1421043

3850

3.10

3.99

2.50

1.49

container

24951558

72377

58.36

74.96

82.50

-7.54

langmaterial

46798

1127

0.91

1.17

6.10

-4.93

materialspec

22870

106

0.09

0.11

1.30

-1.19

origination

1308346

4090

3.30

4.24

8.10

-3.86

physdesc

3967094

37749

30.44

39.10

54.40

-15.30

physloc

1343791

5978

4.82

6.19

5.80

0.39

repository

34923

29

0.02

0.03

0.30

-0.27

unitdate

9613593

41894

33.78

43.39

90.60

-47.21

unitid

7167784

31035

25.03

32.14

46.20

-14.06

unittitle

25228059

92888

74.90

96.21

98.90

-2.69

Table 15: (Wisser Table 18): c-c12/did/physcdesc elements, using query //c/did/physdesc/* | //c01/did/physdesc/* | //c02/did/physdesc/* | //c03/did/physdesc/* | //c04/did/physdesc/* | //c05/did/physdesc/* | //c06/did/physdesc/* | //c07/did/physdesc/* | //c08/did/physdesc/* | //c09/did/physdesc/* | //c10/did/physdesc/* | //c11/did/physdesc/* | //c12/did/physdesc/*.

Element

N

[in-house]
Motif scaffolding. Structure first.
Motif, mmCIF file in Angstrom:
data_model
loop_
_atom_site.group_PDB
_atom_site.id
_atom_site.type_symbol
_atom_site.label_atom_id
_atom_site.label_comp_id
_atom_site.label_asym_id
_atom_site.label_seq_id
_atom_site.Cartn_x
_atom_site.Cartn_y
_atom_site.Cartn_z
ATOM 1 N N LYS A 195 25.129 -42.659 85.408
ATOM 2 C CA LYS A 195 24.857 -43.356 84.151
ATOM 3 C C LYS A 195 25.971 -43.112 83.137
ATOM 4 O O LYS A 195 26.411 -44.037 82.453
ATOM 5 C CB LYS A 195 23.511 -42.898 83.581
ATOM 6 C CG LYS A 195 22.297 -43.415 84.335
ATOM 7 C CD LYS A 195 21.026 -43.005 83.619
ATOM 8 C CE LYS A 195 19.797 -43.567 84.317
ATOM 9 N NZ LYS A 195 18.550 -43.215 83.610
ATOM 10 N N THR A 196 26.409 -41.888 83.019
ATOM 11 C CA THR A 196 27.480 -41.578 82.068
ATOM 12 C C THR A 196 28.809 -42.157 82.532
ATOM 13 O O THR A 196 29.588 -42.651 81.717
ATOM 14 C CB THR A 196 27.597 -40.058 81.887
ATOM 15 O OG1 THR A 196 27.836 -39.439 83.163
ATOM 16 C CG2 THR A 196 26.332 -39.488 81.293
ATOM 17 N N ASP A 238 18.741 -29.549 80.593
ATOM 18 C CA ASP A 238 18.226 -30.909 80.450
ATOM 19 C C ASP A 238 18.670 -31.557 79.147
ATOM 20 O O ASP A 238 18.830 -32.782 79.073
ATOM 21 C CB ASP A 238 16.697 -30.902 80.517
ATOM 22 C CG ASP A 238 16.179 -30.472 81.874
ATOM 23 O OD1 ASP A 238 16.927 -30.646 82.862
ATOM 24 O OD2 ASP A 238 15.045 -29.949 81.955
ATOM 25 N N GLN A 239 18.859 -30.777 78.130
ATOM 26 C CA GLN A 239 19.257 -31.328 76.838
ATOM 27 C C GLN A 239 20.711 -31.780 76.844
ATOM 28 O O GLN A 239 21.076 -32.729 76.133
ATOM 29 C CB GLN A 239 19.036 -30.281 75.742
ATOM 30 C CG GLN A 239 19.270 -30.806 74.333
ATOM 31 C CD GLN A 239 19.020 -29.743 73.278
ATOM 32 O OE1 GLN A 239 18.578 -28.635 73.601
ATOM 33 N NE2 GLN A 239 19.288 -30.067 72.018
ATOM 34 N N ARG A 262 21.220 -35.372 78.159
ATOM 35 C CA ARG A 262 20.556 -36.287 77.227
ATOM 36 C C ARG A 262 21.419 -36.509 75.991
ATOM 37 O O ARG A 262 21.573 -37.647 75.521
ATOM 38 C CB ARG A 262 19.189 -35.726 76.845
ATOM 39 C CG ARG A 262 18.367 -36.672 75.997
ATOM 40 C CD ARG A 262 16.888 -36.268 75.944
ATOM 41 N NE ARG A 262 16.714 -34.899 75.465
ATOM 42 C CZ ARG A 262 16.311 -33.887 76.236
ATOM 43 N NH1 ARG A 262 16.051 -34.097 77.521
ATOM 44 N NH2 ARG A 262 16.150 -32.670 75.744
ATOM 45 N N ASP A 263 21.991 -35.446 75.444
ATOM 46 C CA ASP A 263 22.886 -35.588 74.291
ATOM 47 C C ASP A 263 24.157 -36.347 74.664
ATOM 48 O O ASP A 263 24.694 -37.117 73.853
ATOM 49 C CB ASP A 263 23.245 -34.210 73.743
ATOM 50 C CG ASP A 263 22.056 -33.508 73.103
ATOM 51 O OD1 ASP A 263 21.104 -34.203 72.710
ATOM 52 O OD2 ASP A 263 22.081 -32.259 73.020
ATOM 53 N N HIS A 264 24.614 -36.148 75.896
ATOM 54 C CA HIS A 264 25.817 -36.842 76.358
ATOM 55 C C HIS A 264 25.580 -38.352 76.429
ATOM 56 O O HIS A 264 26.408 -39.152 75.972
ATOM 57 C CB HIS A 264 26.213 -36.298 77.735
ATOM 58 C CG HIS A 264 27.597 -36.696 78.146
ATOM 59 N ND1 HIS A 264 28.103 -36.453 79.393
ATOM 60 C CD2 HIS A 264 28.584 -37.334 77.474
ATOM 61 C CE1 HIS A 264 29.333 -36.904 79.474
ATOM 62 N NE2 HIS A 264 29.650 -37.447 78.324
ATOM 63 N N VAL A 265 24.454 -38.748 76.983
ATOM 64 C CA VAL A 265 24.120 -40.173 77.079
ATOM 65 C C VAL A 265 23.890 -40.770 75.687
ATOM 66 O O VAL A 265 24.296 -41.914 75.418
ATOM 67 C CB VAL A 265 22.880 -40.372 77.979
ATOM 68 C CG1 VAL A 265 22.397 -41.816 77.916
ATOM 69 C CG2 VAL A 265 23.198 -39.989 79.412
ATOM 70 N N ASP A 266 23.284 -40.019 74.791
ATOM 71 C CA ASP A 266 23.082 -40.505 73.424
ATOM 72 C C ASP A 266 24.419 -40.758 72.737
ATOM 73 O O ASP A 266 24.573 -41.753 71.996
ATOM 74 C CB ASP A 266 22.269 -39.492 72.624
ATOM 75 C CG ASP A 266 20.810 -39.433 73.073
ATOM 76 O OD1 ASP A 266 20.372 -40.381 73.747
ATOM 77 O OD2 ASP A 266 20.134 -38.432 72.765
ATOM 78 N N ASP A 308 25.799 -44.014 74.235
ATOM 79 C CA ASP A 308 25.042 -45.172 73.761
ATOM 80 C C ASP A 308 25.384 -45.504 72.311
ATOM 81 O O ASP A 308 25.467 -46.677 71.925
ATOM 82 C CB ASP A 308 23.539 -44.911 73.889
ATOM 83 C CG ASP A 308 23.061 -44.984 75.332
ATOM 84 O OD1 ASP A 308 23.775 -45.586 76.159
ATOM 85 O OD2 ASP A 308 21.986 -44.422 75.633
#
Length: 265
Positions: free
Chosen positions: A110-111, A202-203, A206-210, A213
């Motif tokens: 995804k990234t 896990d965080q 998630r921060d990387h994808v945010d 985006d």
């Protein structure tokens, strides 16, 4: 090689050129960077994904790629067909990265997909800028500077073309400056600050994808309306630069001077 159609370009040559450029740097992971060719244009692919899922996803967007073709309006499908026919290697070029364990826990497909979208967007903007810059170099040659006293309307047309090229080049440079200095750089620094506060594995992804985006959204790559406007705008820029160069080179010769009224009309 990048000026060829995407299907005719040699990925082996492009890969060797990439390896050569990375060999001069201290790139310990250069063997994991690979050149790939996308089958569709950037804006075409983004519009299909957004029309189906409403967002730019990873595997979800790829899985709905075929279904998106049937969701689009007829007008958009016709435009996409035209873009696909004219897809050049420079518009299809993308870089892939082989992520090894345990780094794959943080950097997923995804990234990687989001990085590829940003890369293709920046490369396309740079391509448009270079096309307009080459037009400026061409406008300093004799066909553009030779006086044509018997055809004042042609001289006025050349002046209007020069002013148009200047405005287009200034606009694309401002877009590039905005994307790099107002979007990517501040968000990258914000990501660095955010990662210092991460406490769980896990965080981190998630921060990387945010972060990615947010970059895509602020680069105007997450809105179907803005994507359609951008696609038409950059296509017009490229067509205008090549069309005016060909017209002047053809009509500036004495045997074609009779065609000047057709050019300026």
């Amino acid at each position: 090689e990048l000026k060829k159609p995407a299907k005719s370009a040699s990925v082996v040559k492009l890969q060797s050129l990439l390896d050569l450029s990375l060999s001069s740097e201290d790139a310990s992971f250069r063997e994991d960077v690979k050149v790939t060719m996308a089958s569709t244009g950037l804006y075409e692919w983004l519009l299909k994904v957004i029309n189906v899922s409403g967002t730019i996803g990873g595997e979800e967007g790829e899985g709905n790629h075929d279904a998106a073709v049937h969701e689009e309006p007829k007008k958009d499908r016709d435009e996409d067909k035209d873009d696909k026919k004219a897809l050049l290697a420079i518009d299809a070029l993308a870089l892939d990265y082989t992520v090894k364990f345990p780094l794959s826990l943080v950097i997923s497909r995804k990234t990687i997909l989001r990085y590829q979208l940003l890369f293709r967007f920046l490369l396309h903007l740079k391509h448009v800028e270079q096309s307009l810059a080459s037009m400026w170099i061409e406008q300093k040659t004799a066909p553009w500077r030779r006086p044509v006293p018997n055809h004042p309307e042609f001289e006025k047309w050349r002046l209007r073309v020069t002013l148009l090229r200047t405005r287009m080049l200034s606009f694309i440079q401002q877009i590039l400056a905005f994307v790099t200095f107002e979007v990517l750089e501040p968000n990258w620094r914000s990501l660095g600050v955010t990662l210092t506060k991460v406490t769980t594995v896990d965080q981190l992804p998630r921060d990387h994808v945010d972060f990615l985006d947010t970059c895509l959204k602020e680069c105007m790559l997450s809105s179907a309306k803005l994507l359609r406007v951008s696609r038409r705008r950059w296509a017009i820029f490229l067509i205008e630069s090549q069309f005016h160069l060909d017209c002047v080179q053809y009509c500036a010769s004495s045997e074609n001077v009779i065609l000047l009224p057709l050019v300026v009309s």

N_uniq

% [N_uniq/S]

% [N_uniq/n=96548]

% [(N_uniqK)/n=1,053]

diff

dimensions

144079

1378

1.11

1.43

5.20

-3.77

extent

2401903

24495

19.75

25.37

36.60

-11.23

physfacet

164430

613

0.49

0.63

6.80

-6.17

Table 16: (Wisser Table 19): other elements found in c-c12, using query //c/* | //c01/* | //c02/* | //c03/* | //c04/* | //c05/* | //c06/* | //c07/* | //c08/* | //c09/* | //c10/* | //c11/* | //c12/*.

Element

N

N_uniq

% [N_uniq/S]

% [N_uniq/n=96548]

% [(N_uniqK)/n=1,053]

diff

accessrestrict

600069

4844

3.91

5.02

10.70

-5.68

accruals

12

11

0.01

0.01

0.00

0.01

acqinfo

68066

1477

1.19

1.53

4.50

-2.97

altformavail

252282

766

0.62

0.79

2.70

-1.91

appraisal

48

30

0.02

0.03

0.70

-0.67

arrangement

31945

5746

4.63

5.95

19.00

-13.05

bibliography

2067

48

0.04

0.05

1.50

-1.45

bioghist

12511

1132

0.91

1.17

4.60

-3.43

controlaccess

243134

2149

1.73

2.23

5.10

-2.87

custodhist

26224

181

0.15

0.19

2.20

-2.01

descgrp

2703

31

0.02

0.03

1.80

-1.77

index

386148

835

0.67

0.86

0.70

0.16

note

1180397

11265

9.08

11.67

20.30

-8.63

odd

242182

2663

2.15

2.76

7.20

-4.44

originalsloc

9959

211

0.17

0.22

1.00

-0.78

otherfindaid

1945

247

0.20

0.26

2.30

-2.04

phystech

8439

300

0.24

0.31

1.50

-1.19

prefercite

1995

264

0.21

0.27

0.10

0.17

processinfo

26332

1084

0.87

1.12

3.80

-2.68

relatedmaterial

16727

882

0.71

0.91

4.40

-3.49

runner

0

0

0.00

0.00

0.00

0.00

scopecontent

1852092

33483

27.00

34.68

61.30

-26.62

separatedmaterial

2784

208

0.17

0.22

0.00

0.22

userestrict

2993